Monday, July 17, 2006
Lawyers Sanctioned for Frivolous Motion in Appellate Court
By TINA BAY, Staff Writer
The Fourth District Court of Appeal Friday issued a $46,000 sanction award against Los Angeles attorneys A. Thomas Hunt and Jonathan Biddle for bringing a frivolous motion.
Representing plaintiff Edward Jennings on appeal in his wrongful termination suit, Hunt in November 2005 had moved to disqualify opposing counsel, Morrison & Foerster partner Janie Schulman, on the ground that she possessed a copy of a highly sensitive letter that Jennings’ trial counsel had written to him in 2003.
In the letter, trial counsel Jonathan Biddle told Jennings he should settle because evidence indicated that he falsified Senao’s financial documents, which was damaging to his case.
Jennings’ complaint against his former employer EnGenius Techonlogies, Inc., and its parent corporation, Senao International Co. Ltd.—collectively “Senao”—alleged Senao wrongfully fired him after breaching its alleged promise to pay him a $250,000 bonus so he could purchase a home.
Jennings claimed that Senao CEO Paul Lin verbally agreed to pay him the “house bonus” in exchange for him helping to take the company public.
As evidence of this alleged promise, Jennings submitted forms that Lin had signed reimbursing him for $250,000 in “living expenses.” He also submitted company financials including the $250,000.00 amount.
The nearly month-long trial—which included forensic expert testimony for Senao that the “house bonus” entries were subsequently-altered entries for $250—concluded with a jury verdict in Jennings’ favor.
But Orange Superior Court Judge Ronald L Bauer granted Senao’s motion for a new trial of all issues on Jennings had prevailed as plaintiff and on Senao’s cross-complaint. Bauer largely denied Senao’s motions for JNOV, noting that the evidence was substantial but not very persuasive.
While the case was pending appeal, Senao received a copy of Biddle’s letter to Jennings in the mail. The envelope bore Jennings’ name and city of residence in the return address field.
Schulman notified Biddle she had a copy of the letter but when she refused to return it, arguing Jennings had waived any privileges associated it, Hunt suggested that Schulman was acting in bad faith and demanded the letter’s return.
When Schulman persisted in her refusal, Hunt filed a motion to disqualify her and to terminate the case in his favor, arguing that Schulman was the one who sent Senao the letter after stealing it from Hunt’s files.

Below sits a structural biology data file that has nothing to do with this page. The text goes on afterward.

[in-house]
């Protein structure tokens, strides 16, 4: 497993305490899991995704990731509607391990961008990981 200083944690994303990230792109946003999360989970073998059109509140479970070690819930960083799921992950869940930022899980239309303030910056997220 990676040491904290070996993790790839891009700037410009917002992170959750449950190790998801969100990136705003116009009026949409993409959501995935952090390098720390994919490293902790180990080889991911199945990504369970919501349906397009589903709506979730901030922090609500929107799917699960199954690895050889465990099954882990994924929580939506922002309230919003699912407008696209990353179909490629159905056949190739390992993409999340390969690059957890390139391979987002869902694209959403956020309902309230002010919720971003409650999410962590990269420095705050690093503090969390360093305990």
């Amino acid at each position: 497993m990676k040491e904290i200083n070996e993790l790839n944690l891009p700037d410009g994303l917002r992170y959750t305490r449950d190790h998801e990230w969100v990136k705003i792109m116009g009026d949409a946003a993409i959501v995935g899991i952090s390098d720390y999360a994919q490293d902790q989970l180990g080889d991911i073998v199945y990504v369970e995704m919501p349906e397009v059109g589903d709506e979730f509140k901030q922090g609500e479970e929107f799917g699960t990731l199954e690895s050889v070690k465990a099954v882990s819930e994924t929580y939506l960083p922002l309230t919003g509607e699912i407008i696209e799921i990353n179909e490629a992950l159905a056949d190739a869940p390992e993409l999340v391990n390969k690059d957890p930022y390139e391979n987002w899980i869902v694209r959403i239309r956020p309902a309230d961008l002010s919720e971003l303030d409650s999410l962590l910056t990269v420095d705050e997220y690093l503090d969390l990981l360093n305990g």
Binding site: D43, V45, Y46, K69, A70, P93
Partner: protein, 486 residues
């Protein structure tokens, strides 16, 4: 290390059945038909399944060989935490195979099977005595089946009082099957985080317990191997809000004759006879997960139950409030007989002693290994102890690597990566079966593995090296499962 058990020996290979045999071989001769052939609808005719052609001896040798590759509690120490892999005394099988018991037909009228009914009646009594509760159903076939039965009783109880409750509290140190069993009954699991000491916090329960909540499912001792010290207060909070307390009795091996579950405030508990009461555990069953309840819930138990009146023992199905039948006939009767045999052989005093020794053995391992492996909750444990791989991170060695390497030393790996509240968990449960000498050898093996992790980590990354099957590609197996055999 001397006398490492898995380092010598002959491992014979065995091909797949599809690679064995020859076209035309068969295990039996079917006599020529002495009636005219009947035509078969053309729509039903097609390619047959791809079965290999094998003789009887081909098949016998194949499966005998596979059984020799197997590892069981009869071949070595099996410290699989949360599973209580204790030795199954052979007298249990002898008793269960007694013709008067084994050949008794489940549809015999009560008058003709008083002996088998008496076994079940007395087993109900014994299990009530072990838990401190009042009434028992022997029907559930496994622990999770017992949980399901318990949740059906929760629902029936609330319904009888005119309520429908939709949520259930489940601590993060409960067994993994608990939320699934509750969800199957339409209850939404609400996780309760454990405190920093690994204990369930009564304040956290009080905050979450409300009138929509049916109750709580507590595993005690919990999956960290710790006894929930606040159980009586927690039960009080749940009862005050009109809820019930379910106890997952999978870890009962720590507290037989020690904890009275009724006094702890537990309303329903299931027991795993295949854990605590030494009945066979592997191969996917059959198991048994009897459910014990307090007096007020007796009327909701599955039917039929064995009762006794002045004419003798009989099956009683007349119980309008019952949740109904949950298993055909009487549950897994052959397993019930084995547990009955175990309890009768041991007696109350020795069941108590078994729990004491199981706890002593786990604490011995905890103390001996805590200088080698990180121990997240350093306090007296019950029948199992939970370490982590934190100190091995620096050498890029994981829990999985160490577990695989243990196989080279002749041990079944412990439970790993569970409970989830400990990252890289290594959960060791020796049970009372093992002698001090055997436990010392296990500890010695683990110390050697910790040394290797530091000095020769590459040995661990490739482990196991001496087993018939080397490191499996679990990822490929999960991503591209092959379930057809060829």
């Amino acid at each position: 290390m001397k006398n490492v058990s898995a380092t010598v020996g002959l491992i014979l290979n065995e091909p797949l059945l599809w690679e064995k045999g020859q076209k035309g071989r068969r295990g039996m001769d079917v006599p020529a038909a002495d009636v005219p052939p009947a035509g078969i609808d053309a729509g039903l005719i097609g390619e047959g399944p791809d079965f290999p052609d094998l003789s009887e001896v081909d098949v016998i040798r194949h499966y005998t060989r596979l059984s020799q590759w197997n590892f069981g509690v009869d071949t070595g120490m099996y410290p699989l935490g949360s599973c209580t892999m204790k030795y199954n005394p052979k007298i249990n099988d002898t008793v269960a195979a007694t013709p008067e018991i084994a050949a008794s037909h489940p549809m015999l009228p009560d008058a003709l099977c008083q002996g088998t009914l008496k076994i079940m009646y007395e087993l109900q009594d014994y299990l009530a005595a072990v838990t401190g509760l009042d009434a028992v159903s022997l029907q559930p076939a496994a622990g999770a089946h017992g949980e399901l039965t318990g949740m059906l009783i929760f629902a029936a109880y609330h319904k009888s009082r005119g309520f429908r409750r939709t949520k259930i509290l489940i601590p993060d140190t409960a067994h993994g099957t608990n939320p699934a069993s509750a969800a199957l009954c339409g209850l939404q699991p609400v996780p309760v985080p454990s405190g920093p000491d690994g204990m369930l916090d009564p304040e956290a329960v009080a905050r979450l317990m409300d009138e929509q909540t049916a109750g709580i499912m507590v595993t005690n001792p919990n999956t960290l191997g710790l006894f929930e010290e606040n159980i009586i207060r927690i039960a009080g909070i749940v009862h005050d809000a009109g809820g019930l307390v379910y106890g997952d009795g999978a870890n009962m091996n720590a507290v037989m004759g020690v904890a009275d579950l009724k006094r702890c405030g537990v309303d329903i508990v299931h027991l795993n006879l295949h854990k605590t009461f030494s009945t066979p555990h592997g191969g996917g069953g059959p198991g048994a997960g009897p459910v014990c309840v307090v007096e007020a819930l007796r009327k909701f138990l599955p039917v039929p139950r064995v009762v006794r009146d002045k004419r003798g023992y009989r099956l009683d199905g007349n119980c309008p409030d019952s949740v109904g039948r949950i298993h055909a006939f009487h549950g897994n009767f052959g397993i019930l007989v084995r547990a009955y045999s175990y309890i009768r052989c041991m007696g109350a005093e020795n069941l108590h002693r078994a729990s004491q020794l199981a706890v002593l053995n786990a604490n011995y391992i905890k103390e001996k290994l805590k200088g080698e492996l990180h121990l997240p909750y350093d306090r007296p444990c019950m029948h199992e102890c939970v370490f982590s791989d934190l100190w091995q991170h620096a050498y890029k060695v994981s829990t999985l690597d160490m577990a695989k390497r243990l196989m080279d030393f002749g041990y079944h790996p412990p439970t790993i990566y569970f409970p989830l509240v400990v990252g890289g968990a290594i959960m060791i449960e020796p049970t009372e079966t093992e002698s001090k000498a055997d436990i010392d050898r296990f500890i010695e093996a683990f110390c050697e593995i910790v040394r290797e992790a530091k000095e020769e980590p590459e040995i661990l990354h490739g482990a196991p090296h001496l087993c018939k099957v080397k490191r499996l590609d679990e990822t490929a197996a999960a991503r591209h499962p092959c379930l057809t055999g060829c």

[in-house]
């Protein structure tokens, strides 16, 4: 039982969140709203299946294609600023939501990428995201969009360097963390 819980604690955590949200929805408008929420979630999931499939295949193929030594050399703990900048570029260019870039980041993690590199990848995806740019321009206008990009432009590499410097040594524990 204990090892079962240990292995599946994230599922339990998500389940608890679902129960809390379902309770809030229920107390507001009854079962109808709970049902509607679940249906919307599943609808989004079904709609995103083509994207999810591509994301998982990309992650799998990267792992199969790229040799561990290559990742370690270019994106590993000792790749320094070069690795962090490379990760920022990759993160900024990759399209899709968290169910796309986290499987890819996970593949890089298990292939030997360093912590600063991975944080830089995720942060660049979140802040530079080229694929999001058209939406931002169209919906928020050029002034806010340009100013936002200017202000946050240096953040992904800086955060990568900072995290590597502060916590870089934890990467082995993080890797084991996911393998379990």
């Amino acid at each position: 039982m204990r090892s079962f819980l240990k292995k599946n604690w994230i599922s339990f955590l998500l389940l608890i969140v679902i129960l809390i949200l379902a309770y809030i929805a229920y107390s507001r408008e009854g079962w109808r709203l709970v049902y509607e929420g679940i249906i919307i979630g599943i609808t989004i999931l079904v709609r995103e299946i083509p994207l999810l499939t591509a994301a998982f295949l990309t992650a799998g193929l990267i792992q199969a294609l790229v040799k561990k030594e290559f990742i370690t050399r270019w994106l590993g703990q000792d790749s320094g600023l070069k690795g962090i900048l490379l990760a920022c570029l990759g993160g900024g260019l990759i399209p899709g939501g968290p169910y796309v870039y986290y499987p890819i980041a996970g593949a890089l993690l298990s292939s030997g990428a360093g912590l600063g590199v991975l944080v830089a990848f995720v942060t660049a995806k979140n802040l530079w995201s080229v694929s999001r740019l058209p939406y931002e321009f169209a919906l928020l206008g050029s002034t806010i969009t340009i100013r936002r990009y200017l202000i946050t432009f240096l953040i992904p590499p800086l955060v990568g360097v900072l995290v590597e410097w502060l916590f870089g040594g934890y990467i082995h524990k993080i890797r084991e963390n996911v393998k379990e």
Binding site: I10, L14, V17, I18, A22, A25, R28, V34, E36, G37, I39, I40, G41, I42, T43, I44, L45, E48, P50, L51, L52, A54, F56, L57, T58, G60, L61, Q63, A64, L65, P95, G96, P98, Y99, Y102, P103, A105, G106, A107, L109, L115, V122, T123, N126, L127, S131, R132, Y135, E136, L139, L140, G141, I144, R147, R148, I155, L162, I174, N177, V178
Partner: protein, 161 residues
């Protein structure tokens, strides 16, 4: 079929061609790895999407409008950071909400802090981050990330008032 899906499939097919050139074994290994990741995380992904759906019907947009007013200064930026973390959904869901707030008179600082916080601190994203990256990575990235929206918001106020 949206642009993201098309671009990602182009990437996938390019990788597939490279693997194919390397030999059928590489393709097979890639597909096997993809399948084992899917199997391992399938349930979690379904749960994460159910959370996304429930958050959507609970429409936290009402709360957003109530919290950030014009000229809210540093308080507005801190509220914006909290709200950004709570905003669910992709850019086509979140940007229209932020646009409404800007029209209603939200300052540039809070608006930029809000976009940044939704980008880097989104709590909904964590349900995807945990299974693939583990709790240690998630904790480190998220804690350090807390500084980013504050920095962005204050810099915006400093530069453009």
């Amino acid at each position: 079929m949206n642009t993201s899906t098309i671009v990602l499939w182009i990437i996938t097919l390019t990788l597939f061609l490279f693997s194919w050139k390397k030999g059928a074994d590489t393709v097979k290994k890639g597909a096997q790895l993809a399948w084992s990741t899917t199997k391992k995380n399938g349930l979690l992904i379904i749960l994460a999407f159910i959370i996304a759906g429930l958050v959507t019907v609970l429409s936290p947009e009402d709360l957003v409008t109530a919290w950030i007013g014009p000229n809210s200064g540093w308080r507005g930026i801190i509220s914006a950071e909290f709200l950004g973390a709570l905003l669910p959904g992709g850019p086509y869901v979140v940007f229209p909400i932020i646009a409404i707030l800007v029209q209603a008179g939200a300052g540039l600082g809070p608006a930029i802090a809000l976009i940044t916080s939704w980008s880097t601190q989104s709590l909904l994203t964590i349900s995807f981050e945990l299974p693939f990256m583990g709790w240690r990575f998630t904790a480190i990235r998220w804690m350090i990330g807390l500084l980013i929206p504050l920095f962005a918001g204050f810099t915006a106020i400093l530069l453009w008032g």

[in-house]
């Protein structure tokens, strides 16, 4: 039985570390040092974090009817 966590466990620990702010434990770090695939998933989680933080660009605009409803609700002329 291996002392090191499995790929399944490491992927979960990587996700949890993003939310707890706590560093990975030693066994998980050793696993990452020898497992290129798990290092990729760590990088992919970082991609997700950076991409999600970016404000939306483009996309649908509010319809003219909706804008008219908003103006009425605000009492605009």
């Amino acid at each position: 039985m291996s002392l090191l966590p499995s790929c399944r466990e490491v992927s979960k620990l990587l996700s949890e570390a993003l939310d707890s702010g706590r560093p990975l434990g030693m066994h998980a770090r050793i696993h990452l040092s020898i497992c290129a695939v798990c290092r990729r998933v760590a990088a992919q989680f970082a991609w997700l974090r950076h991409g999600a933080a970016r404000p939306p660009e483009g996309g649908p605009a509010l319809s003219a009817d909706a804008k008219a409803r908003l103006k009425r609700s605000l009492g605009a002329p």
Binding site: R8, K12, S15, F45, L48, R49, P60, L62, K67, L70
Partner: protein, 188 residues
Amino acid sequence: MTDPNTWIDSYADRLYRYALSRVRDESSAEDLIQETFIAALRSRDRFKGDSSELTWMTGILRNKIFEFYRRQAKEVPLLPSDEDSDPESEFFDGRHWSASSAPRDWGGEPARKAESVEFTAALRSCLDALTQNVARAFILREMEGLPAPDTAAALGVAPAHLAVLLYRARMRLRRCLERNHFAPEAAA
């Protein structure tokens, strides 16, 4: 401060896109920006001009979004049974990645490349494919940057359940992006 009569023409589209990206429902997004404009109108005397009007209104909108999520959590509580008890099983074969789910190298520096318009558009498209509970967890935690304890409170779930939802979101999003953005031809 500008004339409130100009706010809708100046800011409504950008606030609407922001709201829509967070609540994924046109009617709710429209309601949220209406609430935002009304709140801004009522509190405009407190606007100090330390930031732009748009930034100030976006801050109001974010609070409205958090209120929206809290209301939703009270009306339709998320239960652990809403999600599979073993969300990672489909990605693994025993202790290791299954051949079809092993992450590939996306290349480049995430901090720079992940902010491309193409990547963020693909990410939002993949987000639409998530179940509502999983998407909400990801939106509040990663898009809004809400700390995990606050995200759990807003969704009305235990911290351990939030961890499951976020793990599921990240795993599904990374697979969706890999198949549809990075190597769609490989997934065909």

In a declaration supporting Hunt’s motion, Biddle attempted to persuade the court that his criticisms had merely been “preliminary conclusions” that were later proven incorrect. Biddle also said, mischaracterizing Jennings’ actions, that Jennings testified truthfully at trial and accepted responsibility for any “mistakes” he made concerning any billing errors.
Rejecting the attorneys’ arguments, the appellate panel denied the disqualification motion. At the justices’ invitation, Senao moved for frivolous motion sanctions.
Writing for Div. Three, Justice William W. Bedsworth concluded in an unpublished opinion that Hunt’s motion was indeed “objectively frivolous.”
“[T]he motion before this court…appears to have been the legal equivalent of a “Hail Mary pass”—a desperate effort to forestall a full evidentiary hearing regarding the letter, its significance in light of Jennings’ subsequent testimony, and the manner in which it came into the possession of Senao,” he wrote.
Bedsworth opined that Hunt was prepared “to argue what he himself did not believe, if only he could be assured that no court would learn all the facts that he knew.”
“We can only imagine what he would have been willing to argue if he could have been assured in advance that the disputed letter would be buried for all time,’” the justice said.
Schulman told the MetNews that she was pleased with the court’s analysis on the sanctions issue.
“I think that the court’s analysis speaks for itself, and I hope that Mr. Jennings, Mr. Biddle and Mr. Hunt take it to heart,” she said, also saying that she was surprised when she learned Senao had received the letter.
Hunt and Biddle did not immediately return phone calls for comment.
Under Business & Professions Code Sec. 6068(o), which requires attorneys to notify the bar of all monetary sanctions exceeding $1,000, the two must now officially report their $46,000 sanction.
This may be damaging to Hunt, who two years ago won a controversial 10 year-long bid for reinstatement to the State Bar.
He had resigned from the bar in 1993 with charges pending after former clients complained that he had abandoned their cases.
Hunt, Biddle and Jennings are jointly and severally liable for the award.
The panel affirmed Bauer’s new trial order, partially reversing his grant of Senao’s JNOV motions.
The case is Jennings v. Senao International, G033590.
Copyright 2006, Metropolitan News Company